Customer experience research helps align brands and companies with the consumers they want to satisfy. However, the way consumers think about their purchases and the products/services they interact with is multi-faceted. For companies who conduct customer experience research, this is great news. Businesses that take the time and effort to learn about their customers stand to benefit in a myriad of ways, or more accurately, they gain the chance to shape customers’ thinking in a variety of manners:
Experience with the Brand
Through the process of customer experience research, companies can learn about customers’ experience with the brand. Customers share positive experiences and negative experiences, and when their feedback is aggregated, customer experience researchers can put together a collective perspective of the brand. With this feedback, companies can implement change and shape future customer experiences. This includes delivering quality customer service, helping guide purchase decisions and making sure the customer has a positive experience after a product/service is purchased.
Thoughts About the Brand
Customers’ collective experiences, mixed with marketing and things they hear, all shape their ultimate perceptions of the brand. When a current or potential customer thinks of your product or service, what comes to mind? Customer experience research affects not only their interactions with the brand, but the way marketing and messaging help create a distinct and valuable competitive advantage, which future customers will flock toward.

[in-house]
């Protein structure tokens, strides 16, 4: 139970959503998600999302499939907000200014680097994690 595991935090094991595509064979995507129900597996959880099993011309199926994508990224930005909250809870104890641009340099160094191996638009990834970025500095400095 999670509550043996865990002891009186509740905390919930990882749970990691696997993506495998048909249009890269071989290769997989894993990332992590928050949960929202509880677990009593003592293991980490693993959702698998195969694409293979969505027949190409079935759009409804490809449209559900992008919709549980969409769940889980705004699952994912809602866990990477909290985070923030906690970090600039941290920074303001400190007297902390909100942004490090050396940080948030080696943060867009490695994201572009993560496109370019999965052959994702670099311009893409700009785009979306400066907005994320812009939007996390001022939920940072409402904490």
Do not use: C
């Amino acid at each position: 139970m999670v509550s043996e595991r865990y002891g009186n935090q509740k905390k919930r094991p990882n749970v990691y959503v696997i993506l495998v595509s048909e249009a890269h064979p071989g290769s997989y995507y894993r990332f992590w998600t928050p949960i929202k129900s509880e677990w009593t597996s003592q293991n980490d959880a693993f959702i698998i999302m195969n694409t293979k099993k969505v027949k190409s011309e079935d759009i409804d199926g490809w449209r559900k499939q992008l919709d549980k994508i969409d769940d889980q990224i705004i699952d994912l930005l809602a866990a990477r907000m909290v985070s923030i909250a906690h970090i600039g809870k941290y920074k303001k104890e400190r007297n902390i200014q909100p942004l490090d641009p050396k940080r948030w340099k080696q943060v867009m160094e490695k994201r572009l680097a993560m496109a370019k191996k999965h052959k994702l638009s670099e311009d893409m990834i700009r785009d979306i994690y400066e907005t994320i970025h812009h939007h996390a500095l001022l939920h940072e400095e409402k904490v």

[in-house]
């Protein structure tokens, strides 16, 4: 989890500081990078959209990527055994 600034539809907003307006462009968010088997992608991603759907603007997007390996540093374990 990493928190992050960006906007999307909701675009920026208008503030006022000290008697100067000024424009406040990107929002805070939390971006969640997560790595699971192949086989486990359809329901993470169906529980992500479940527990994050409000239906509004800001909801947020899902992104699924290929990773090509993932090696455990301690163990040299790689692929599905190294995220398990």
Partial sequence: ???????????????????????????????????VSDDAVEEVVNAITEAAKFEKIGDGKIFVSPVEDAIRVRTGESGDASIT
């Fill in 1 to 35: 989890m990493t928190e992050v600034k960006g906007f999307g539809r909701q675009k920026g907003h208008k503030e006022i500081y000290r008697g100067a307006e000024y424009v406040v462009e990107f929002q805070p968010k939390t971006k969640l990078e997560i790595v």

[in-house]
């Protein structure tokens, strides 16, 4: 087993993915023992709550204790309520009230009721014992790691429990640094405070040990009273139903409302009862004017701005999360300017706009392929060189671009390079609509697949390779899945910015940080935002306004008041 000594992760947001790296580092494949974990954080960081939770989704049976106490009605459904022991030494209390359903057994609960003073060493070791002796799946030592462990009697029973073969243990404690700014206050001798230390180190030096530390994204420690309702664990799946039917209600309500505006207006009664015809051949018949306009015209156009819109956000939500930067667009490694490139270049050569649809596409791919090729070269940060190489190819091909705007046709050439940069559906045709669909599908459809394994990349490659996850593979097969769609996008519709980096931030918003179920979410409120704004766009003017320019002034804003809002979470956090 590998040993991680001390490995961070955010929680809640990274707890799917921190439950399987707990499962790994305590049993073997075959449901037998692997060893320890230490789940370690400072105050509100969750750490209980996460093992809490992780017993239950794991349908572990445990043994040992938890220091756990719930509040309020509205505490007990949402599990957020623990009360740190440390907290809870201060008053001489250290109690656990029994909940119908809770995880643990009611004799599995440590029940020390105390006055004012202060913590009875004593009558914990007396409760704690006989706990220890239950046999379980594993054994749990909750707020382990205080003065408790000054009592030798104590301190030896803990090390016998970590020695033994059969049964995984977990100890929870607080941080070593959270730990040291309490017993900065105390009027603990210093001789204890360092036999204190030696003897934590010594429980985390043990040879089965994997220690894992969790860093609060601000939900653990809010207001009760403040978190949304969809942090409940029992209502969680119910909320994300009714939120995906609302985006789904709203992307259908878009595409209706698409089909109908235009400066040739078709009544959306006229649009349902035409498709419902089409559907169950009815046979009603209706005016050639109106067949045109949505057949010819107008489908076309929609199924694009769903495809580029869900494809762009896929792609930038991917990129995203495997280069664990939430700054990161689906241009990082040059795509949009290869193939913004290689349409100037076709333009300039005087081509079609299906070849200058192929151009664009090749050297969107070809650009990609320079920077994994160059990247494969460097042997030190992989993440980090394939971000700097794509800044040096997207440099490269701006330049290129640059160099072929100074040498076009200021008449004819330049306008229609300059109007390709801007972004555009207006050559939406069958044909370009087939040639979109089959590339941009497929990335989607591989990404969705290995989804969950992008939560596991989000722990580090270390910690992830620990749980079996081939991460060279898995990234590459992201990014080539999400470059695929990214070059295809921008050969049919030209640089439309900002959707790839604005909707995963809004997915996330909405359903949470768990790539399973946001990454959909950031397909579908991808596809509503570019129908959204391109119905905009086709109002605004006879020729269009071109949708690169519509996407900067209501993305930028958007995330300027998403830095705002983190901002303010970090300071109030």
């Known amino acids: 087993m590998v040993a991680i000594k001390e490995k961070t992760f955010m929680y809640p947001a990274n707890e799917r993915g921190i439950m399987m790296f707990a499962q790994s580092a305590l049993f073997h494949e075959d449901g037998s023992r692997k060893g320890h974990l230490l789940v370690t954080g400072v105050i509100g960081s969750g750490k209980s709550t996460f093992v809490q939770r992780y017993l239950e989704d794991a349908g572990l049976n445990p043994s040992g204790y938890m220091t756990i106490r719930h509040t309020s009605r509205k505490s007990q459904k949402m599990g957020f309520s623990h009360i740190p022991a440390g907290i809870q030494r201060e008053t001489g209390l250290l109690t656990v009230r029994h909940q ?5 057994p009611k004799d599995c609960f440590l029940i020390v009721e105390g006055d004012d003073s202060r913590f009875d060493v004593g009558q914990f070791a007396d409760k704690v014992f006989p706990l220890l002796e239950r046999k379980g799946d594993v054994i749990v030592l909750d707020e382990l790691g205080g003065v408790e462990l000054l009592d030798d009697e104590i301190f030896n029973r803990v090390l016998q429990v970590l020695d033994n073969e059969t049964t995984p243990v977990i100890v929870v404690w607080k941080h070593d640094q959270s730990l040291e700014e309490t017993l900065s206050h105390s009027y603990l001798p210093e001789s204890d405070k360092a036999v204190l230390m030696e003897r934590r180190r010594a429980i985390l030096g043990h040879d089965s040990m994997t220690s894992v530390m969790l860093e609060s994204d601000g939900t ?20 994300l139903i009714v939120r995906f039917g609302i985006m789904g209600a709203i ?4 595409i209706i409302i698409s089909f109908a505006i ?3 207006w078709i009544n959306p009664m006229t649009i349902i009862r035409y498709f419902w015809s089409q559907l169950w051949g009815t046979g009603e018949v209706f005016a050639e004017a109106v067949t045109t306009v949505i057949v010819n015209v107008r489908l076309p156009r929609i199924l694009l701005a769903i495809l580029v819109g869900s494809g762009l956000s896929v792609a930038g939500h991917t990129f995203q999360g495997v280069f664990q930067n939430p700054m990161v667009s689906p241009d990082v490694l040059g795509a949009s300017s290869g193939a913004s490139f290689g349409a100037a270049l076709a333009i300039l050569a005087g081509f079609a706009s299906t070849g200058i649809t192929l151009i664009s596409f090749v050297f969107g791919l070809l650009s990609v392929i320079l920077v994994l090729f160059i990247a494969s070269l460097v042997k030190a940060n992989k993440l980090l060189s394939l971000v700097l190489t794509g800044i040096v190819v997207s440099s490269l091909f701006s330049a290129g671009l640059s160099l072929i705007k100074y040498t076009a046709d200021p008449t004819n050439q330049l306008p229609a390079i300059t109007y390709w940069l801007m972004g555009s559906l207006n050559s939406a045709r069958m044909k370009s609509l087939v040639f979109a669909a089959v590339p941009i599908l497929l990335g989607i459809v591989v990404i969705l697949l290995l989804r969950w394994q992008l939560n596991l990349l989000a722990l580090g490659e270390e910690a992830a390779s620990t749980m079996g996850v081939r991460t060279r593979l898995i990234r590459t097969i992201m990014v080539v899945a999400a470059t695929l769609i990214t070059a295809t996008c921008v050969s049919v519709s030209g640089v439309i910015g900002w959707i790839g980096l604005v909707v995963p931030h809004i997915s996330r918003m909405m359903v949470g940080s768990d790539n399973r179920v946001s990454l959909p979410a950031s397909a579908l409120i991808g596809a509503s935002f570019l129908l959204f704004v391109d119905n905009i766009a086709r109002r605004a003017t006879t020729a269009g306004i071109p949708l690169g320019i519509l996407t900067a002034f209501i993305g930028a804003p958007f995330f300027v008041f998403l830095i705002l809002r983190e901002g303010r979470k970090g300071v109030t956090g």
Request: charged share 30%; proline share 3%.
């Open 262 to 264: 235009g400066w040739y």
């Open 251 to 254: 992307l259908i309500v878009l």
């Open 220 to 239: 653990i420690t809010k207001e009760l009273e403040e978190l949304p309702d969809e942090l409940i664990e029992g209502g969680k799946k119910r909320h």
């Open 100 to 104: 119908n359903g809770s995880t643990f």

Expectations of Future Interactions
Future expectations can hit a tipping point: If a customer becomes mildly dissatisfied, they risk falling into a feedback loop of dissatisfaction. In other words, a past negative experience could make them irritable, so the next time something goes wrong with the same brand, they have less patience. The opposite is true as well: Customers will gloat about the merits of a brand based on one particularly positive experience. For example, if a brand gives them a free item or goes out of its way to resolve an issue, the customer may be so impressed that they will view every future interaction through rose-tinted glasses. These same individuals become passionate advocates for the brand, and tell their friends, family or colleagues about their positive experience.
Perception of Competitors
When a brand controls the way its products/services are experienced and perceived, it gives itself a leg up against competitors. For example, if a financial services customer has a great experience at their bank, they will look at competitors and assume the competitor can’t provide the same level of customer service as their current bank. On the other hand, if their current bank has terrible customer service, a competitor bank will be especially alluring to the dissatisfied customer.When a competitor’s marketing and advertising promises attentive and engaged customer service, the dissatisfied customer’s ears will perk up, and they become vulnerable to leave for greener pastures.
How the Product/Service Affects Their Lives and Sense of Self
The ultimate, and often overlooked, way a brand affects its customers is through their sense of self. When customers engage with a product or service, they’re looking for a significant way to better their own lives. This is especially true when they develop a long-term relationship with a brand involving multiple purchases. They typically look for reliability, quality and cost-effective options to help them live a better life, and ideally, a great brand will have the ability to truly make one facet of their lives better. Customers are humans with needs, and they look to trusted brands to deliver on those needs in a meaningful way. When they aggregate enough trusted brands – from financial services to paper towels – they reap the benefits of those relationships by living a better life for a lower cost.